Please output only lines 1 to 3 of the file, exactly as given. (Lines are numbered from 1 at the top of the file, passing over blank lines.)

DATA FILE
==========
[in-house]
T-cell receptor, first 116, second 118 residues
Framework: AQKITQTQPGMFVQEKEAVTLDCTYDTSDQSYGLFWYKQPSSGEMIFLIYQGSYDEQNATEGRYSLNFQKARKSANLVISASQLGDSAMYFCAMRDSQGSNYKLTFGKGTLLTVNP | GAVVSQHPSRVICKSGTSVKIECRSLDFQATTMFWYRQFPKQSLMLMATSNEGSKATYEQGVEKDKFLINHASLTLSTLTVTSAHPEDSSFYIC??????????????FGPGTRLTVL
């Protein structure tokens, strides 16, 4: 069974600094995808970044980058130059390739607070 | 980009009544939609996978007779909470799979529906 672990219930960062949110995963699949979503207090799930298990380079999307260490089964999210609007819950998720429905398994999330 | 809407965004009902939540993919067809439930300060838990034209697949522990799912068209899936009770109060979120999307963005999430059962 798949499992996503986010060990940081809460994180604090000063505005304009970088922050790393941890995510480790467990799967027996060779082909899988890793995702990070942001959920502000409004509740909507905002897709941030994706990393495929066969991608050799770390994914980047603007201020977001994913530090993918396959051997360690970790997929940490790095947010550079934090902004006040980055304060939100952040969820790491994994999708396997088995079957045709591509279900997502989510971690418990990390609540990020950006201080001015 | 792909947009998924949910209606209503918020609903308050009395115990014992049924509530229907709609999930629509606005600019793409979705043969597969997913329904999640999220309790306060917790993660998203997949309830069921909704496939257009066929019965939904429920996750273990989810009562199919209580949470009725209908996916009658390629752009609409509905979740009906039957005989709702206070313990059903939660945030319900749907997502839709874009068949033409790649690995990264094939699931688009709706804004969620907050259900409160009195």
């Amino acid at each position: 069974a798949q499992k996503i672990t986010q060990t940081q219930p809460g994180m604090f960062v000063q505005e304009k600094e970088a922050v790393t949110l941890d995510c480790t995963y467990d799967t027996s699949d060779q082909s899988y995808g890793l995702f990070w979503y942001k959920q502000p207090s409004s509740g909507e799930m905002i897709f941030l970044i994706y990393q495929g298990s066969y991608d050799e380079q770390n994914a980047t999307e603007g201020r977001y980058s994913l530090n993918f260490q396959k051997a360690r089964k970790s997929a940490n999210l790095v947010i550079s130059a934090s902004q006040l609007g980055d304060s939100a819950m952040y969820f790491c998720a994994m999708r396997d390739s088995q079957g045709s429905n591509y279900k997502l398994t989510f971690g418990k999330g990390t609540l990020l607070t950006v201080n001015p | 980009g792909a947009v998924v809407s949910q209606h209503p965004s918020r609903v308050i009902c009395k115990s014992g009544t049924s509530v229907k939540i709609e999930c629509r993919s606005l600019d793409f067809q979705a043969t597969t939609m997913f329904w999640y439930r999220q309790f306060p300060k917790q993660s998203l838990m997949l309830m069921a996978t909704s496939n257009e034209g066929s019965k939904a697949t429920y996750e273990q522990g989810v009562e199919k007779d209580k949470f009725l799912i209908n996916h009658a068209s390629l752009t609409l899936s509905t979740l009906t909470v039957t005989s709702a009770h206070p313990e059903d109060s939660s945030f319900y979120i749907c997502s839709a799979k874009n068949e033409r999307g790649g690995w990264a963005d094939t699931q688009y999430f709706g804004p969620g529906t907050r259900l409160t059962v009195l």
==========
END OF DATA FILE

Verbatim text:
[in-house]
T-cell receptor, first 116, second 118 residues
Framework: AQKITQTQPGMFVQEKEAVTLDCTYDTSDQSYGLFWYKQPSSGEMIFLIYQGSYDEQNATEGRYSLNFQKARKSANLVISASQLGDSAMYFCAMRDSQGSNYKLTFGKGTLLTVNP | GAVVSQHPSRVICKSGTSVKIECRSLDFQATTMFWYRQFPKQSLMLMATSNEGSKATYEQGVEKDKFLINHASLTLSTLTVTSAHPEDSSFYIC??????????????FGPGTRLTVL